Stewart brings intimate rock ’n’ roll show to Vegas

Photo by Penny Lancaster

Photo by Penny Lancaster

By Kristine McKenzie

Rod Stewart has been entertaining fans with his raspy voice and rocking music for more than 40 years. He got his first big break singing and writing songs with The Jeff Beck Group in the late ’60s. Guitarist Ron Wood and Stewart then joined the band Faces and scored a Top 40 hit in the U.S. with “Stay With Me.”

Stewart embarked on a solo career and in 1971 released the album “Every Picture Tells a Story.” The B-side of the song “Reason to Believe,” “Maggie May,” hit No. 1 in both the U.S. and the U.K.  and skyrocketed Stewart to stardom.  The song eventually was named to The Rock and Roll Hall of Fame’s list of 500 Songs that Shaped Rock and Roll.

A string of hits followed for Stewart over the next several years including “Tonight’s the Night,” “You’re In My Heart,” “Hot Legs” and “Da Ya Think I’m Sexy?”

He stayed steadily on the charts throughout the ’80s with songs like “Tonight I’m Yours,” “Young Turks,” “Infatuation” and “Baby Jane.” In 1994 he was inducted into the Rock and Roll Hall of Fame, presented by Jeff Beck.

By 2002, Stewart changed course dramatically and concentrated on singing 1930s and 1940s pop standards for “It Had to be You… The Great American Songbook,” written by songwriters such as Irving Berlin, Cole Porter, and George and Ira Gershwin, with great popular success. He released a second successful album in the series, “As Time Goes By…The Great American Songbook 2.”

In late 2004, “Stardust…The Great American Songbook 3” was released, hitting No. 1 on the U.S. charts and earning Stewart his first Grammy Award. “Thanks for the Memory…The Great American Songbook 4” included duets with Diana Ross and Elton John.

In late 2006, Stewart made his return to rock music with the release of “Still the Same… Great Rock Classics of Our Time, “an album featuring rock standards from the last four decades.

Stewart turned back to the music that first inspired him to sing for 2009’s “Soulbook ,” an album featuring songs by the likes of Otis Redding and Sam Cooke.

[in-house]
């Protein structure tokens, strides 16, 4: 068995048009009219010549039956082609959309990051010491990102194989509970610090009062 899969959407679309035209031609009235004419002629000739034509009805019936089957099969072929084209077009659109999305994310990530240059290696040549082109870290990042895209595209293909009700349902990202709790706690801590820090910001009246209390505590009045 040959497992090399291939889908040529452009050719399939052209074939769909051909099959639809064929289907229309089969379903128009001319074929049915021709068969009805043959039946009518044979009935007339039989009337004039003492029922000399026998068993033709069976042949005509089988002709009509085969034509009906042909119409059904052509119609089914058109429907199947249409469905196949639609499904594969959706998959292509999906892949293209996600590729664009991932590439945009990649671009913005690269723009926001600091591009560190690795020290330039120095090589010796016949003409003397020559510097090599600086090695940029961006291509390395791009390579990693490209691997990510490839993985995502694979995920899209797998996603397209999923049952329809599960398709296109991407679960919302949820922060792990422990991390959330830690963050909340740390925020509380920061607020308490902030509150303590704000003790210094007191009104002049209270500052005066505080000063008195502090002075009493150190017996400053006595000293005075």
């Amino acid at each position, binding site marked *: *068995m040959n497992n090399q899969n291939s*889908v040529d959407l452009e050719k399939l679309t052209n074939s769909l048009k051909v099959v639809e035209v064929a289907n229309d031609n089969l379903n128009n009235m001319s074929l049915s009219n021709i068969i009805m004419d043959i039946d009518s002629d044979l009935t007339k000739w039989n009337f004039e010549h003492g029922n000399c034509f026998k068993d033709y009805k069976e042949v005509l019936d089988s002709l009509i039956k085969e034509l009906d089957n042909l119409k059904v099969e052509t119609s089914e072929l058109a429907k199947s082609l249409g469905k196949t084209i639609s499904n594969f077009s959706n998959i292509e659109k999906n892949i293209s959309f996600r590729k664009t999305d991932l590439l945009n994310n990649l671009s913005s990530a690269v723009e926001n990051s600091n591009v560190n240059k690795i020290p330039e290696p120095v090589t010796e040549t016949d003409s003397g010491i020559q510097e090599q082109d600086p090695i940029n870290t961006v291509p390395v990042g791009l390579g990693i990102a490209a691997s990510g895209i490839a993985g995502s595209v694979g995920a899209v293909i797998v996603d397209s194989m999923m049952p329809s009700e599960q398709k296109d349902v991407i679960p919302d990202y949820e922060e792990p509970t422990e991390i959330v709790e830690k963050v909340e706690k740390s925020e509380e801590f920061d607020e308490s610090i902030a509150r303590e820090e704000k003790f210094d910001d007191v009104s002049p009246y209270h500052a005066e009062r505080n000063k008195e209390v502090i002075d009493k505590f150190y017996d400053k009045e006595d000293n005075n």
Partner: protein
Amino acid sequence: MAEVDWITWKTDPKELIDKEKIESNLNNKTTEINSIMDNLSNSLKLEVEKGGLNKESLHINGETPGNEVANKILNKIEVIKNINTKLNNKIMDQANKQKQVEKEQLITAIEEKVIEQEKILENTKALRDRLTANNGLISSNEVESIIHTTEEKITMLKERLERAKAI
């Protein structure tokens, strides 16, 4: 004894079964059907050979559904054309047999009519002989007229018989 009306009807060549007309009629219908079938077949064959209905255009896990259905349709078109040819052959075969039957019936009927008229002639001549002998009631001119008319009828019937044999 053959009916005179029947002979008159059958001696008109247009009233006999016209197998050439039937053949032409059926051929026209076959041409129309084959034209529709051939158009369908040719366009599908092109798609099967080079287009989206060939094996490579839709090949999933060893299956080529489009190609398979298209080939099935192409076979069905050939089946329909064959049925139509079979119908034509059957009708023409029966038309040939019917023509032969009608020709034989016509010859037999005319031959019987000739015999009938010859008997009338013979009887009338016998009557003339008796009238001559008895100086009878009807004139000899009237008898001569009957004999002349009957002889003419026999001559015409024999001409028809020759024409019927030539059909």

Stewart signed on for a two-year residency at Caesars Palace this year with his show “Rod Stewart: The Hits.”  The production showcases all of the popular songs his fans want to hear, a few covers and some surprises, presented with a live band, back-up singers and visual effects on the Colosseum’s massive video screen. recently had the chance to talk to Stewart about his show in Las Vegas and his plans for the future.

 Q:  How is your show at Caesars Palace different than your touring show? 

“After playing huge arenas all my life it’s truly a luxury to play Caesars Salad, as I fondly call it.  The sound in the Colosseum is second to none and there really isn’t a bad seat in the house.  It’s an intimate, rock’n’roll show from start to finish.”

 Q:  Did you have to adapt it at all to fit the Colosseum stage?

” No, we built the show for that stage. And with enough lights to fill a stadium.”

 Q:  The Colosseum is a much more intimate venue compared to the big arenas you usually play in. Do you like that aspect of being closer to your fans?

“I love it.   On Fridays and Saturdays the crowds are usually drinking so sometimes a few of them even end up on stage with me.”

Q:  Are Las Vegas audiences different than other audiences?

“They’ve come from all over the world so I really try and give it my all,  especially for the mid-week crowd, which sometimes takes a little more to get going.  But they can also surprise me– sometimes a Wednesday night audience is my best of the week so you don’t ever really know what to expect.   My job is the same each night though, to make them leave feeling like they’ve just been at a great party at my house.”

Q:   You’ve had so many hits over the years – how do you choose which ones to include in your show and do you ever change the songs from night to night? Do you have any favorites that you always have to include?